"Bloody Sunday Memorial", a mural depicting Bloody Sunday showing Father Edward Daly escorting injured marchers to safety using a white handkerchief displayed on the side of an apartment complex called the Rossville Flats in the Bogside, a neighborhood outside the city walls of Derry, Northern Ireland.
This mural is part of a series called "The People's Gallery" by the Bogside Artists depicting all who were killed by the British Army during "The Troubles" in the Bogside.
The Bogside Artists are a trio of mural painters from Derry, Northern Ireland, consisting of Tom Kelly, his brother William Kelly, and Kevin Hasson. "The People's Gallery" series is their most famous murals.
Bloody Sunday was an incident on January 30, 1972 in the Bogside neighborhood of Derry, Northern Ireland, in which 26 unarmed civil-rights protesters and bystanders were shot by soldiers of the British Army. Thirteen males, seven of whom were teenagers, died immediately or soon after, while the death of another man four-and-a-half months later was attributed to the injuries he received on that day.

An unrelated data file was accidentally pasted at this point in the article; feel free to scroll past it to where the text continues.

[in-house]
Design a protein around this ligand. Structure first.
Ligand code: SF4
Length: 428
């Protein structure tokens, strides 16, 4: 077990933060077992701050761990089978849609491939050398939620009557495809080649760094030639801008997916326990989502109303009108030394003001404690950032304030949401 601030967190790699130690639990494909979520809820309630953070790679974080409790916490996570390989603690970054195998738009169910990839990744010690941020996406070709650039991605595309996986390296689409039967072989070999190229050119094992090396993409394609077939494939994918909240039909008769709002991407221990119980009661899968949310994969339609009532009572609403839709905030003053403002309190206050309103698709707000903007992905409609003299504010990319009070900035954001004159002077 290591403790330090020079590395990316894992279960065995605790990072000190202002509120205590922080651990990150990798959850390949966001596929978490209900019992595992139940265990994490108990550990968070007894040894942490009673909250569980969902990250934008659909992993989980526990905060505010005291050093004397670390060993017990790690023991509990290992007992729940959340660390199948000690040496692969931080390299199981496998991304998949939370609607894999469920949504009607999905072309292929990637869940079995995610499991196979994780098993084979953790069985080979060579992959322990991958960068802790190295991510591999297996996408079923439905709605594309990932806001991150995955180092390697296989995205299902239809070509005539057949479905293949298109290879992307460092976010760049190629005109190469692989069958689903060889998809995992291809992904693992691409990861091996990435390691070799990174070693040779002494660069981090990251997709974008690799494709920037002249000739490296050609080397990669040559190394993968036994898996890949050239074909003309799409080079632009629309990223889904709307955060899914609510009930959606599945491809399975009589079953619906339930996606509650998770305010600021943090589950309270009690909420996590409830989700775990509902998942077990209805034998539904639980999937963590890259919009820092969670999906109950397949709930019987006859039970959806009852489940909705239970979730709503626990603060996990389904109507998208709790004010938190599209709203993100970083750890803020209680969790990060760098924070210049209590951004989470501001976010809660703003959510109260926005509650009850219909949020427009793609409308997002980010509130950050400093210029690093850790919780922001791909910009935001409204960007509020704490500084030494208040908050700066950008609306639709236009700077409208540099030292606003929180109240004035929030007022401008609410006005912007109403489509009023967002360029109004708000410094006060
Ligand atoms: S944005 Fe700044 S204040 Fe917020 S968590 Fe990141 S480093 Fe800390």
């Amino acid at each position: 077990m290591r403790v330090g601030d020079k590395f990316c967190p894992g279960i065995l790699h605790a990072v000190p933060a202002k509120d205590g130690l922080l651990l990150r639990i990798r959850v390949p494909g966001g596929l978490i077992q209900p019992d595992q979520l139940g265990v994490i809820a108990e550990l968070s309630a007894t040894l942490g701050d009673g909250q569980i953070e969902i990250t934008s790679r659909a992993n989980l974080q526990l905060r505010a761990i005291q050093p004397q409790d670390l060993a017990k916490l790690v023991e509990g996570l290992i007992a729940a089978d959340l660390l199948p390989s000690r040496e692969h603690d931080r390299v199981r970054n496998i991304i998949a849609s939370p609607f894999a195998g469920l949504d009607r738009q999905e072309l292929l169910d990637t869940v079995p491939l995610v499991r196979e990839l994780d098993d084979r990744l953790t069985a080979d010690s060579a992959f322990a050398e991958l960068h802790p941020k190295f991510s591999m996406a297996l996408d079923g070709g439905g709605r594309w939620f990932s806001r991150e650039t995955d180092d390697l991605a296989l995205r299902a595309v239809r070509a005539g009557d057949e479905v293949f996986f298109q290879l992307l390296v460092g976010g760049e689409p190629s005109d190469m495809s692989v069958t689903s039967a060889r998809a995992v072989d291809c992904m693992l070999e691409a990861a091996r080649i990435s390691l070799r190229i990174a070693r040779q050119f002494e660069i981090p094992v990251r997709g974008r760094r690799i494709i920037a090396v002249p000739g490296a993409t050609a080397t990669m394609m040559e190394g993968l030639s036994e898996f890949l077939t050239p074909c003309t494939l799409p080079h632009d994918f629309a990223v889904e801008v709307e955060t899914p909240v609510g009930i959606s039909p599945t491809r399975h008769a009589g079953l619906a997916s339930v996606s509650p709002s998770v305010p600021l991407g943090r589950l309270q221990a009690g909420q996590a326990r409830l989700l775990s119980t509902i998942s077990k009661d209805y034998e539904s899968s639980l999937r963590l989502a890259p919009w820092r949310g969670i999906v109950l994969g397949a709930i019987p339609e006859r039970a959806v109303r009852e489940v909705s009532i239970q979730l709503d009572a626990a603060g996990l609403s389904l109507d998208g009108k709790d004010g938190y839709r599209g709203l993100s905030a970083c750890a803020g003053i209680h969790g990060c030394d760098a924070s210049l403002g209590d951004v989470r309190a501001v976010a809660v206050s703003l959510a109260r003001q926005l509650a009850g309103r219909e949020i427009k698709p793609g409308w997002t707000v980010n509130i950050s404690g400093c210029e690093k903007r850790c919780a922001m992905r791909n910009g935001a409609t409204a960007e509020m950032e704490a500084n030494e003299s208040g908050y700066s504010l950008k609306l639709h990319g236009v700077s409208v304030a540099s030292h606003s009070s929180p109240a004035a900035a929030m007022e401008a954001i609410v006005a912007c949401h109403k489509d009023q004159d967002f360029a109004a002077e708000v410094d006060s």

The Troubles was a period of ethno-political conflict in Northern Ireland which spilled over at various times into England, the Republic of Ireland, and mainland Europe. The duration of the Troubles is conventionally dated from the late 1960s and considered by many to have ended with the Belfast "Good Friday" Agreement of 1998.
Derry or Londonderry is the second-biggest city in Northern Ireland. The old walled city lies on the west bank of the River Foyle, which is spanned by two road bridges and one footbridge. Photo by Deirdre Hamill/Quest Imagery